Sell with WordPress | eShop Shipping Rates

Setting Shipping Rates

Once your rates are set, you’ll want to set your zones (up to 9 possible). You can change the zones based on country (for international sellers). You’ll then want to go to the last tab to set up zones or regions within your country. You’ll have to select your country from the menu on the right to set zones based on states or regions. This is essential; if you don’t have your country selected, your shipping zones will not work, which the documentation doesn’t tell you (and probably should be updated with more detail). So as an overview, you can delete or add countries and assign a zone, and you can assign zones by region within your own country.

Sell with WordPress | eShop Setting Shipping Zones

Backend: Setting Shipping Zones


Reporting and Inventory Management #

eShop doesn’t include any built-in reporting features or sales information (other than a list of top sellers in your WordPress dashboard). You can view orders placed, but sales reporting will have to be done manually.


You can enable stock management under your settings, and set quantities while adding or editing products. You can also change stock levels while viewing all products under eShop > Products. There are no low or out-of-stock notifications, so you’ll have to set these up yourself or just keep an eye on stock levels.


Support #

The eShop wiki has a lot of documentation published for users to sift through, and quality is pretty good, but could use some clarification. Sometimes it restates information that’s already in the plugin instead of going through a detailed explanation. There are also some videos posted to help with setup and usage. Reviews on WordPress.org seem to indicate that support is good and the plugin author is active in responding to support requests in the forums (20 of 22 resolved in the last month). Support is also addressed on eShop support forums. For a free plugin with very few paid add-ons, this is pretty impressive.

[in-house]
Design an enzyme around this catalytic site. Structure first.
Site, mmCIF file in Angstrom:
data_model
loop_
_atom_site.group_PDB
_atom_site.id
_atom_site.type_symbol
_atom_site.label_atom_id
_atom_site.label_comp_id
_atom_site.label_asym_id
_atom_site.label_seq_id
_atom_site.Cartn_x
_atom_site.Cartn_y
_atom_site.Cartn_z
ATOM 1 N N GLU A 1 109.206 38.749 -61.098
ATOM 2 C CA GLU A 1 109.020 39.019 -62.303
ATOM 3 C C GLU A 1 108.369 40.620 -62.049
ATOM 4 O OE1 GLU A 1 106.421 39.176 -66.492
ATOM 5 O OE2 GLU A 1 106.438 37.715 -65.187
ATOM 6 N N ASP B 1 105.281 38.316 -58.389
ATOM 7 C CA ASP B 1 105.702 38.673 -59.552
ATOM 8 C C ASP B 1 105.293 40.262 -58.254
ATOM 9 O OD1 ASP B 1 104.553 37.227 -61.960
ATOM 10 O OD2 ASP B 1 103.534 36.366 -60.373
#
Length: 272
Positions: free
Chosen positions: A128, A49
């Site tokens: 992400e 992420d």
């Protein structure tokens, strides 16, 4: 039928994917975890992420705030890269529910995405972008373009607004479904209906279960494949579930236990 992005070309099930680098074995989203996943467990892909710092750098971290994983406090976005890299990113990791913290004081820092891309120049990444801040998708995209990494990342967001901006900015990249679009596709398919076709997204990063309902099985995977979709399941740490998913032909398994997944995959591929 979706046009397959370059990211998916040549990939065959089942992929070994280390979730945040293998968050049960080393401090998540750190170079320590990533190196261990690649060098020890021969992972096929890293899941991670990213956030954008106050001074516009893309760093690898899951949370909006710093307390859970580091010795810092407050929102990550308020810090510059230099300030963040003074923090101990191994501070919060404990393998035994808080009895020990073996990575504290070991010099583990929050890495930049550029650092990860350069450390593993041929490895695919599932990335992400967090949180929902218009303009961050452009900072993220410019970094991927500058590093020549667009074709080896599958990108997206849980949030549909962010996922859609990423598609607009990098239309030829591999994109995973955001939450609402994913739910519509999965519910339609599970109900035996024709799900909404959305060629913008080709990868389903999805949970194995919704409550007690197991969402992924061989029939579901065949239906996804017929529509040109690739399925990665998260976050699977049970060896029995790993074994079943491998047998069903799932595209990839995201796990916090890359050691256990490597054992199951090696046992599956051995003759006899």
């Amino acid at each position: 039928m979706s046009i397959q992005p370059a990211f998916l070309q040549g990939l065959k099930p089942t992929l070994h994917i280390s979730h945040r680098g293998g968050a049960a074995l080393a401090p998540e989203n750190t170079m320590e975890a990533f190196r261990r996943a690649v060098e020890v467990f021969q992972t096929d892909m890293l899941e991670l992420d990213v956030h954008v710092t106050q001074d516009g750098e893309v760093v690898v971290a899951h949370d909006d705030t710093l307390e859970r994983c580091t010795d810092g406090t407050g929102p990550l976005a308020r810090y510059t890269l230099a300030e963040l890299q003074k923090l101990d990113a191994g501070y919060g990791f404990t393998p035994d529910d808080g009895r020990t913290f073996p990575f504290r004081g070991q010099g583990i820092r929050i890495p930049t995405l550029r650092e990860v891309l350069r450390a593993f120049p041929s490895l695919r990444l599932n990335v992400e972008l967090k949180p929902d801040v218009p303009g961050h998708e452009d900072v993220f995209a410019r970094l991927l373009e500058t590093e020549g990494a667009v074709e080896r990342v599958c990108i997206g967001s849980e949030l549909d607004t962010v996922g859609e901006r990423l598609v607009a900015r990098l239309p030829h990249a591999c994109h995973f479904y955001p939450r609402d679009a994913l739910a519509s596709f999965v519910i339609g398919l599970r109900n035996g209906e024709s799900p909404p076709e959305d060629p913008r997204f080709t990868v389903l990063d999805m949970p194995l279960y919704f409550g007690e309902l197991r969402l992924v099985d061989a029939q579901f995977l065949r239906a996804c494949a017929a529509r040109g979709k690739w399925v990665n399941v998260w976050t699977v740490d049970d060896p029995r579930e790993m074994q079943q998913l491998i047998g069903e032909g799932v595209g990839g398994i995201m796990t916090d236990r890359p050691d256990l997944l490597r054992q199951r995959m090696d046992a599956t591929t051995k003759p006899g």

Other Features and Comments #

Under settings, there’s a page for “eShop Base” products, but I still have no idea what that does. You can also view the base in the eShop menu. Anyone have explanations as to what this is for? Looks like it’s intended for Google shopping feeds.


eShop Review Wrap-up #

As a general eCommerce platform, eShop will serve the needs of small stores, but probably won’t be a functional solution for larger stores unless you have an aggressive developer who wants to build on top of it. Costs are low and usability is pretty good, which will work for stores that are selling few products and don’t need to use a large merchant gateway to process payments or a lot of added functionality. It also plays well with many themes, and has had 5 years to mature.

While the core plugin has many good features, it leaves something to be desired in terms of extensibility, which is why larger stores will pass it over. Variations are difficult to add, and there are few marketing add-ons or methods to modify price (creating pricing tiers or bulk discounts, for example). Payment gateway integration with larger processors is also non-existent. Products are not added as custom post types (unless you want to custom code this), which makes your site and the shopping experience less flexible since you have to weigh the pros and cons of using posts or pages for product addition. Finally, a lot styling will be required to set up shopping pages for a user-friendly experience.

eShop is a viable option for small stores that are looking to sell basic products, but is unable to scale to meet the functionality that larger stores will need.



  • Chris Planeta has an eShop Review that goes through some finer points of setup.
  • Vandelay Design’s 10 top WordPress eCommerce Plugins has a very brief review with highlights of each platform.
  • Winkpress also wrote an eShop Review that gives a general overview of plugin features and settings.

Like this eShop Review? Check out the rest of our WordPress eCommerce Platforms Guide.

Full Disclosure: The author of this article also works for SkyVerge, who develops WooCommerce extensions. Despite this fact, every effort was made to be impartial and write this review from a neutral perspective.

Posted by Beka Rice

Beka Rice manages the direction of Sell with WP content and writes or edits most of our articles to share her interests in eCommerce. Or she just writes as an excuse to spend more time jamming out to anything from The Clash to Lady Gaga. Who knows.